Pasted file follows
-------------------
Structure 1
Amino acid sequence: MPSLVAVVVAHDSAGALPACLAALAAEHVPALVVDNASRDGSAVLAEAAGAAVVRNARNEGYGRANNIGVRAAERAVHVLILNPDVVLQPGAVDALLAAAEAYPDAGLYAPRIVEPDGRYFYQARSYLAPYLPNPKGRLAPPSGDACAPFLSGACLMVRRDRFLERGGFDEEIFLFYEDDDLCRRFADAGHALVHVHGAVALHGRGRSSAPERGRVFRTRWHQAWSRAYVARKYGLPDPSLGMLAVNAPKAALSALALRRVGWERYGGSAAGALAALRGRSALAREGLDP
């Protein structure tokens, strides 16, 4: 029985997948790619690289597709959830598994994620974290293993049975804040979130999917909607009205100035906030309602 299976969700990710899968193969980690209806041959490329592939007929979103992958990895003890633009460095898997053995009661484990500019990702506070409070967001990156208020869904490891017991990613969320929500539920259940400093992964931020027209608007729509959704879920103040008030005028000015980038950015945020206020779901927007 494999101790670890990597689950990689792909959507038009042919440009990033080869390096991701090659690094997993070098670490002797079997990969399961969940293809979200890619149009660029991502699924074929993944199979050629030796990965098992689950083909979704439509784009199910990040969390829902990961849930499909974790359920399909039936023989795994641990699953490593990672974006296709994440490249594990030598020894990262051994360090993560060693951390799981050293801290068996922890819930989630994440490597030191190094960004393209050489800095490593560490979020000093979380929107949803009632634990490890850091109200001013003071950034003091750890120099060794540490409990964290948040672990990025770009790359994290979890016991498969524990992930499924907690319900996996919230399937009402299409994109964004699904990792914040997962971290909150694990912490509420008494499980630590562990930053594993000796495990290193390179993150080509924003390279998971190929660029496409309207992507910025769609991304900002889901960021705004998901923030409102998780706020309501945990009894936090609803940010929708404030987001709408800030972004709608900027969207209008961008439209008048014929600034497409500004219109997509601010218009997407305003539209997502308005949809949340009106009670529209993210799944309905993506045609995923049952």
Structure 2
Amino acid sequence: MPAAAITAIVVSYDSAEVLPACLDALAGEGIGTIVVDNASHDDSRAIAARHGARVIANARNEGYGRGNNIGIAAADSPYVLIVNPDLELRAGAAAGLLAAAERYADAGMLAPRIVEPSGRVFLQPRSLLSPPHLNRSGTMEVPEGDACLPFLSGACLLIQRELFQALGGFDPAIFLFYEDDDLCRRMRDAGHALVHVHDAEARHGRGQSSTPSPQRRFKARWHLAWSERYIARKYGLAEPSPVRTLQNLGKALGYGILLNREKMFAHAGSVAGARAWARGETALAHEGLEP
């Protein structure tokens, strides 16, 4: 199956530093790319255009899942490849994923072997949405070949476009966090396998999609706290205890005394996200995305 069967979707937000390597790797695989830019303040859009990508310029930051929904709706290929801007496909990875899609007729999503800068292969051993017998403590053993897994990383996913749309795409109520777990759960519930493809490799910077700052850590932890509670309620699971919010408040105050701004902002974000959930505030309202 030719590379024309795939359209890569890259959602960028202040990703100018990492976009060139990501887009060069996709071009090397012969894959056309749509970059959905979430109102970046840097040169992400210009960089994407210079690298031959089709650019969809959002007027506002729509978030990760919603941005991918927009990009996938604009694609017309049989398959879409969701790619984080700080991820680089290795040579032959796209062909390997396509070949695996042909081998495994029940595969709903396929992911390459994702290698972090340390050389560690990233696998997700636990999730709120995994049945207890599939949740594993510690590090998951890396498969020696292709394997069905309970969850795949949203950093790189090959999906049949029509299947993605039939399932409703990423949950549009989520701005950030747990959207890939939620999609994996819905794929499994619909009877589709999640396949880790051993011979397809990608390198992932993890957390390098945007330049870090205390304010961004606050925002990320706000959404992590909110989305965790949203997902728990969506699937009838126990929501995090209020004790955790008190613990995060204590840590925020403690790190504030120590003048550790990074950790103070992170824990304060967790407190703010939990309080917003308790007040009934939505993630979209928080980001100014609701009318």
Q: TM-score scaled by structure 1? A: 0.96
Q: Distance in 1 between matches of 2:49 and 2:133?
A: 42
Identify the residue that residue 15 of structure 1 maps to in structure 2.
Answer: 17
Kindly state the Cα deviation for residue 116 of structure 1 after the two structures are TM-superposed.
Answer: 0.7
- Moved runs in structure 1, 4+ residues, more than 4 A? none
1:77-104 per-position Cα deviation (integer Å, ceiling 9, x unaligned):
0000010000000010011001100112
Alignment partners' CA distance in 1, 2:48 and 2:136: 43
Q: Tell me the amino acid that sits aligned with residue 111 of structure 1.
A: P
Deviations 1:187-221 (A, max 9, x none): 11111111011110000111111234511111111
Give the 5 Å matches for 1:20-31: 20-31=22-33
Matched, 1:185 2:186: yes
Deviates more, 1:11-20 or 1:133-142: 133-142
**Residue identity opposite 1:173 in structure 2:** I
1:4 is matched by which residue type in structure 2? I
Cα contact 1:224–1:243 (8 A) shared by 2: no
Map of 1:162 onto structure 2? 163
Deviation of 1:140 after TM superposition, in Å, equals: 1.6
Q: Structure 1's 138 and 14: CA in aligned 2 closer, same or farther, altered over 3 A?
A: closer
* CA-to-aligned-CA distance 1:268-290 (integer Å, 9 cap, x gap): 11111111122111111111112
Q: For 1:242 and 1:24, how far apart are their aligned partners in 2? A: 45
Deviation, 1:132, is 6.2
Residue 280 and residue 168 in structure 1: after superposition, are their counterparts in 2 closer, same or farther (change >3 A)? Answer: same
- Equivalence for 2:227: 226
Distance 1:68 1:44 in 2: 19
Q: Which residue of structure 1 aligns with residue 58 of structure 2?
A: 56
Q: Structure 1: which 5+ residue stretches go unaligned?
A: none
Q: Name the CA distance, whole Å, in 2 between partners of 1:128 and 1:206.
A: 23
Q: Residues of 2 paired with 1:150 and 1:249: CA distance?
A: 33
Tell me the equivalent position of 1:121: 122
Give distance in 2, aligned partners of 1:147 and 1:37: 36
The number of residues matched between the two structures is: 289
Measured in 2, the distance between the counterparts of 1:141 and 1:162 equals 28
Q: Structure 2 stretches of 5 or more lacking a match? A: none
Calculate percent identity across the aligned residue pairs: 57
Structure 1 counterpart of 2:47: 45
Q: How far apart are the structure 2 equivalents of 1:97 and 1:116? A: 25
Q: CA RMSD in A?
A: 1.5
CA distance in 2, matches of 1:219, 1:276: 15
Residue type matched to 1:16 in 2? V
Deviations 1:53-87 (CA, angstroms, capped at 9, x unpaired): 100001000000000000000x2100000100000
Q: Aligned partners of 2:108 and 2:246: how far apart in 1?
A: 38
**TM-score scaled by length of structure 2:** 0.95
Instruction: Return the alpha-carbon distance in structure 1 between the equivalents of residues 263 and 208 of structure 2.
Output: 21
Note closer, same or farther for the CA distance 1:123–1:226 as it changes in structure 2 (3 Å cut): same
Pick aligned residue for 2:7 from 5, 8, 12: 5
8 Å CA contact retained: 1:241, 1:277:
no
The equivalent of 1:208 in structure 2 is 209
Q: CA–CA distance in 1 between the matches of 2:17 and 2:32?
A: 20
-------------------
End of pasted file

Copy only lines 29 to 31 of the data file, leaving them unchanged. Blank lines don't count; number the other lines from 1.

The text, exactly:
Q: Structure 1's 138 and 14: CA in aligned 2 closer, same or farther, altered over 3 A?
A: closer
* CA-to-aligned-CA distance 1:268-290 (integer Å, 9 cap, x gap): 11111111122111111111112